Picross e3 came out at the very beginning of October last year, and despite my so-called “addiction” to picross, I didn’t actually play it until early last month. Maybe it’s because I was already knee-deep in another, cheaper picross game on my iPhone, or maybe it’s because I wasn’t completely blown away by the first two Picross e games. Most likely it has something more to do with me having played way too much picross last year. What kind of piss-poor picromaniac am I, anyway?
Surprising nobody at all, Picross e3 is incredibly similar to the two games that came before it. Same look, same feel, same package. Only the puzzles are different. Well, maybe the music is different too. I honestly couldn’t tell you though, because in no picross game ever have I played with the default music on. I either put my own music on in the bakground or play in silence. It’s just that picross music is always so blah that it almost detracts from the experience. The Picross e games even take it one step further by not having a selection of BGMs to flip between.
The one visually defining trait of Picross e3 is that the interface is absolutely awash in pink. I probably should have seen that coming, as the first one had a very nice blue theme and the second was drenched in a really ugly green. Pink was the only way to go. I mean, what else were they going to use? Yellow? I think not. It does look nice though, I’ll give it that. It just makes me feel a liitle self-conscious about playing it on the bus or around any of the more masculine members of my family. Less self-conscious than if I were playing an anime-looking game, though.
Beneath the surface, there are a few other little tweaks to the formula. For one, there are only 45 puzzles in the Normal and Free modes, whereas the previous games had 60 each. Scandalous! The puzzles aren’t any tougher than they were in the previous games, so it seems like you’re getting a little less bang for your buck this time around. On the upside, it seems that you can play every puzzle in the game with the free rules (it doesn’t tell you when you make a mistake), which is a really nice option to have, as I much prefer the free rules. Unfortunately, I only heard about this option after I’d cleared all the normal puzzles.
While it’s not much, I should note that the translation has also been “improved” for this edition. Previously, every fifth puzzle would disallow hint features and challenge you to solve the puzzle “using only your own strength.” The word “strength” has now been replaced with “wit,” which is admittedly more fitting for the English language, but I felt that the silly translation quirk was cute. It’s very much a “Shine Get!” kind of situation.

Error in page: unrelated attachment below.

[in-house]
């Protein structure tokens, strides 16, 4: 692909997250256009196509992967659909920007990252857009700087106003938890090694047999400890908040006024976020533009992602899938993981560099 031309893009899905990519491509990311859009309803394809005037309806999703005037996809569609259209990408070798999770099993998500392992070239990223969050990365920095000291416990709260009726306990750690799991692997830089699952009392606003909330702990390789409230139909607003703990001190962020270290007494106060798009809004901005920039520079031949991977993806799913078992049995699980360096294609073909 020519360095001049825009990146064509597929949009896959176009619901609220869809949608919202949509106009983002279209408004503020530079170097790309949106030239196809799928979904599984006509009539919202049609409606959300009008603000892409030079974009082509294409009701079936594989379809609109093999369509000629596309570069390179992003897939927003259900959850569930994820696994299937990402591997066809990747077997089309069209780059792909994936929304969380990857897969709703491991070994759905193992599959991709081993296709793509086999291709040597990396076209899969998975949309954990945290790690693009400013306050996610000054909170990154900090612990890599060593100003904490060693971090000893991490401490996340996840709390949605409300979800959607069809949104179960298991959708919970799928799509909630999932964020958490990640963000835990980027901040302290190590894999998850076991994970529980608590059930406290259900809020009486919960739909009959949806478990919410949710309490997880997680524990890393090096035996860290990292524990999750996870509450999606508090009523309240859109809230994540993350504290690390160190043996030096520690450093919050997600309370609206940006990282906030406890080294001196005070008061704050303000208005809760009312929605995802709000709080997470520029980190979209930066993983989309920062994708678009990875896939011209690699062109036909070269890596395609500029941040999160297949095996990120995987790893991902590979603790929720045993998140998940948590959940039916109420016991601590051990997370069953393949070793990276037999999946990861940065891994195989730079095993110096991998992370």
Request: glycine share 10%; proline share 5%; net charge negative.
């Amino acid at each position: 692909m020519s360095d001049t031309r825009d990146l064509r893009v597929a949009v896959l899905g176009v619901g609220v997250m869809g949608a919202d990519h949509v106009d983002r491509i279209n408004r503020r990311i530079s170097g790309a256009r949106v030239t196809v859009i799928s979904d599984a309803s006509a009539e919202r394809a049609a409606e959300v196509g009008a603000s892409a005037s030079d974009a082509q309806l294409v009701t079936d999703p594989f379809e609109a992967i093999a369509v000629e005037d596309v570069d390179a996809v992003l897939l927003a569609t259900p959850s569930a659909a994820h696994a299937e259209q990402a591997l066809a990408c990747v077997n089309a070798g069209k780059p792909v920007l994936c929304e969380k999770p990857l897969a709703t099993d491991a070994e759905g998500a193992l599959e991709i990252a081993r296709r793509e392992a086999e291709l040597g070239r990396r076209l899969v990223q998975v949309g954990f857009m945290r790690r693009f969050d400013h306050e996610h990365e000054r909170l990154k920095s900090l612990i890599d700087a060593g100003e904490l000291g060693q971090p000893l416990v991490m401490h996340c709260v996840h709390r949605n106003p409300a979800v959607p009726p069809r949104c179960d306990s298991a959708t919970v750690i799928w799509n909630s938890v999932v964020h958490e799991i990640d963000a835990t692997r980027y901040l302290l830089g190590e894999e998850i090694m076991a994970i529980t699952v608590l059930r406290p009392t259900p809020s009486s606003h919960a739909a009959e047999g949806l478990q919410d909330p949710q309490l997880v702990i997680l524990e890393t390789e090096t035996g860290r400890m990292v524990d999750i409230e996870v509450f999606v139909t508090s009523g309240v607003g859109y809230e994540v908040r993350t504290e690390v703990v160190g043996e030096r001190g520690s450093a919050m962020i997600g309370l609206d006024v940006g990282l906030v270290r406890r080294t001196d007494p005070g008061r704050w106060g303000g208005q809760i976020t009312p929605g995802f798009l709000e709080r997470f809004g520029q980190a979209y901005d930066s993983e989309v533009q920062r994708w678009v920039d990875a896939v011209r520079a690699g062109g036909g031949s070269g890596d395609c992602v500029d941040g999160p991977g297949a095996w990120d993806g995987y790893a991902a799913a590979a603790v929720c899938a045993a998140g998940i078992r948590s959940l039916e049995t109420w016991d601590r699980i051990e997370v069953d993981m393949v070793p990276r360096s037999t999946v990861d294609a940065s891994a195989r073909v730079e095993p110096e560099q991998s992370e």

Picross e3’s big claim to fame is the new Mega Picross puzzles. There are 30 of them (so that’s where those missing puzzles went!) and they are downright brutal. Unlike the previous game’s gimmick puzzle, Micross, which was a collection of tiny, easy puzzles that created one big picture, Mega Picross looks like a normal puzzle on the surface. And then you look at the numbers, and everything falls apart.
Regular picross puzzles have a set of numbers for every row and column that provide hints to which blocks on the playfield are the ones that you need to chisel. Mega Picross shakes this up by adding Mega Numbers: numbers that include blocks for two rows or columns at once. I really wish that I could explain it better, but it’s somewhat difficult to do. It’s also fairly difficult to wrap your brain around, or at least it was for me, as I had to play through the entire Mega set with the hint highlights turned on. What that does is highlight any columns or rows where you can make a definite move. Normally I’d shun the feature because it stips away all the challenge, but with the Megas, it was practically a necessity.
The Mega Picross puzzles were the absolute most challenging picross puzzles I’ve ever faced, and even though I eventually conquered them all, I still feel like I don’t have a solid grasp on how to solve them. I sort of lucked my way through the set, and I want to eventually go back and play them all again without the hint feature so that I’m ready when Picross e4 comes, as I’ve heard that Mega Picross is coming back with it.
Because it bears mentioning and I need to puff up my word count a little more, the medals awarded for completing each section are still present, and it still makes me feel like I accomplished something to see the main menu draped in virtual gold trinkets.
Like I said before, Picross e3 is pretty much the same game as the previous two, but with different puzzles. I think you have to expect that in the puzzle genre though, so I can’t really fault it for that. In all honesty I was pretty appreciative for the much more palatable pink colour scheme. While I was a little taken aback at first over the apparently diminished number of puzzles, Mega Picross came out of nowhere and truly stole the show. The Megas were tough, and challenged me in a way that picross hasn’t in years. Honestly, I kind of wish that all picross was Mega Picross from now on. At least until I master that, at which point Jupiter will have to devise another twist on the formula to keep me on my toes.
If you’re a picross master like myself, Picross e3 will likely be a more satisfying package than the first two games together, but you’ll probably want to triple-dip for the whole collection anyway because picross, that’s why. Just know that the game truly surprised and challenged me, and that Picross e4 has quite an act to follow.